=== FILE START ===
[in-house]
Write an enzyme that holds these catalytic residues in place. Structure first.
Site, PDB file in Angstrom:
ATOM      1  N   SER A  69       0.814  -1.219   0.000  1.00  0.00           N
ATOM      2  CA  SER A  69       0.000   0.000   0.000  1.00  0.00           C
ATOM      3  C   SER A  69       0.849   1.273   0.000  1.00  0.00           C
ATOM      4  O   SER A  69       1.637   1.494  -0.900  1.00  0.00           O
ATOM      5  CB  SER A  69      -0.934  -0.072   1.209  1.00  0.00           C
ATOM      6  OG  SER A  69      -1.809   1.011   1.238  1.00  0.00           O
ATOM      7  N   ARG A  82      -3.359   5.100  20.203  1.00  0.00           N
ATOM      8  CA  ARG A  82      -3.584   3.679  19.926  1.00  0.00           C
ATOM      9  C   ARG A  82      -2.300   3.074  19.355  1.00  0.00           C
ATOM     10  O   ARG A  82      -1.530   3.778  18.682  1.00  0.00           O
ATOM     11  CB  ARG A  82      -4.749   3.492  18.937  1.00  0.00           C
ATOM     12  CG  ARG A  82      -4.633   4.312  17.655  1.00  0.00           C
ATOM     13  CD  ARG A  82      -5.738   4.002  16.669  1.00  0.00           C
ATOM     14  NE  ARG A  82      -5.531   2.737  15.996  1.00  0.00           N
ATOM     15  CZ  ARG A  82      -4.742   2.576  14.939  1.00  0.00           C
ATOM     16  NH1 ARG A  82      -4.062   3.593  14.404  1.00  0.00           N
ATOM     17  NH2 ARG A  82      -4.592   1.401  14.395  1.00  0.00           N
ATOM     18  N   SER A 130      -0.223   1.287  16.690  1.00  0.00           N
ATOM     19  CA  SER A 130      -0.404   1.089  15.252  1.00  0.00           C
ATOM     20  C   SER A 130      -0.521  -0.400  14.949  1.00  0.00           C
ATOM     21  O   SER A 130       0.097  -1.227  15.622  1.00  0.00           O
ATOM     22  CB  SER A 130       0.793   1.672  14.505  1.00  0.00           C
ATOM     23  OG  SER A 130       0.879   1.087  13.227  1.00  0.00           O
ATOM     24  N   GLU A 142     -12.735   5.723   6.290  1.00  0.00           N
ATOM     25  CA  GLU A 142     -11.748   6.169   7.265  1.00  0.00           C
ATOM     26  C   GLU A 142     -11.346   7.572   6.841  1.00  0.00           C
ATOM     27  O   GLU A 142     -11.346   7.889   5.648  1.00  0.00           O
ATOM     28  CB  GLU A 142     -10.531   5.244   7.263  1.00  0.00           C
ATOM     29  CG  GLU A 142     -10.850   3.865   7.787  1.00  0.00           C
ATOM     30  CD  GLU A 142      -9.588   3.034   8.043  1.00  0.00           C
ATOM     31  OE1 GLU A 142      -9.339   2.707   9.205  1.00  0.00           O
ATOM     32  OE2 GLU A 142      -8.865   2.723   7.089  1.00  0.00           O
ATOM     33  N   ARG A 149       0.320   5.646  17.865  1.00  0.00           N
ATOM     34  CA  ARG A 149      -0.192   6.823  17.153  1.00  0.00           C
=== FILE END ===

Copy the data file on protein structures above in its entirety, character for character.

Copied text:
[in-house]
Write an enzyme that holds these catalytic residues in place. Structure first.
Site, PDB file in Angstrom:
ATOM      1  N   SER A  69       0.814  -1.219   0.000  1.00  0.00           N
ATOM      2  CA  SER A  69       0.000   0.000   0.000  1.00  0.00           C
ATOM      3  C   SER A  69       0.849   1.273   0.000  1.00  0.00           C
ATOM      4  O   SER A  69       1.637   1.494  -0.900  1.00  0.00           O
ATOM      5  CB  SER A  69      -0.934  -0.072   1.209  1.00  0.00           C
ATOM      6  OG  SER A  69      -1.809   1.011   1.238  1.00  0.00           O
ATOM      7  N   ARG A  82      -3.359   5.100  20.203  1.00  0.00           N
ATOM      8  CA  ARG A  82      -3.584   3.679  19.926  1.00  0.00           C
ATOM      9  C   ARG A  82      -2.300   3.074  19.355  1.00  0.00           C
ATOM     10  O   ARG A  82      -1.530   3.778  18.682  1.00  0.00           O
ATOM     11  CB  ARG A  82      -4.749   3.492  18.937  1.00  0.00           C
ATOM     12  CG  ARG A  82      -4.633   4.312  17.655  1.00  0.00           C
ATOM     13  CD  ARG A  82      -5.738   4.002  16.669  1.00  0.00           C
ATOM     14  NE  ARG A  82      -5.531   2.737  15.996  1.00  0.00           N
ATOM     15  CZ  ARG A  82      -4.742   2.576  14.939  1.00  0.00           C
ATOM     16  NH1 ARG A  82      -4.062   3.593  14.404  1.00  0.00           N
ATOM     17  NH2 ARG A  82      -4.592   1.401  14.395  1.00  0.00           N
ATOM     18  N   SER A 130      -0.223   1.287  16.690  1.00  0.00           N
ATOM     19  CA  SER A 130      -0.404   1.089  15.252  1.00  0.00           C
ATOM     20  C   SER A 130      -0.521  -0.400  14.949  1.00  0.00           C
ATOM     21  O   SER A 130       0.097  -1.227  15.622  1.00  0.00           O
ATOM     22  CB  SER A 130       0.793   1.672  14.505  1.00  0.00           C
ATOM     23  OG  SER A 130       0.879   1.087  13.227  1.00  0.00           O
ATOM     24  N   GLU A 142     -12.735   5.723   6.290  1.00  0.00           N
ATOM     25  CA  GLU A 142     -11.748   6.169   7.265  1.00  0.00           C
ATOM     26  C   GLU A 142     -11.346   7.572   6.841  1.00  0.00           C
ATOM     27  O   GLU A 142     -11.346   7.889   5.648  1.00  0.00           O
ATOM     28  CB  GLU A 142     -10.531   5.244   7.263  1.00  0.00           C
ATOM     29  CG  GLU A 142     -10.850   3.865   7.787  1.00  0.00           C
ATOM     30  CD  GLU A 142      -9.588   3.034   8.043  1.00  0.00           C
ATOM     31  OE1 GLU A 142      -9.339   2.707   9.205  1.00  0.00           O
ATOM     32  OE2 GLU A 142      -8.865   2.723   7.089  1.00  0.00           O
ATOM     33  N   ARG A 149       0.320   5.646  17.865  1.00  0.00           N
ATOM     34  CA  ARG A 149      -0.192   6.823  17.153  1.00  0.00           C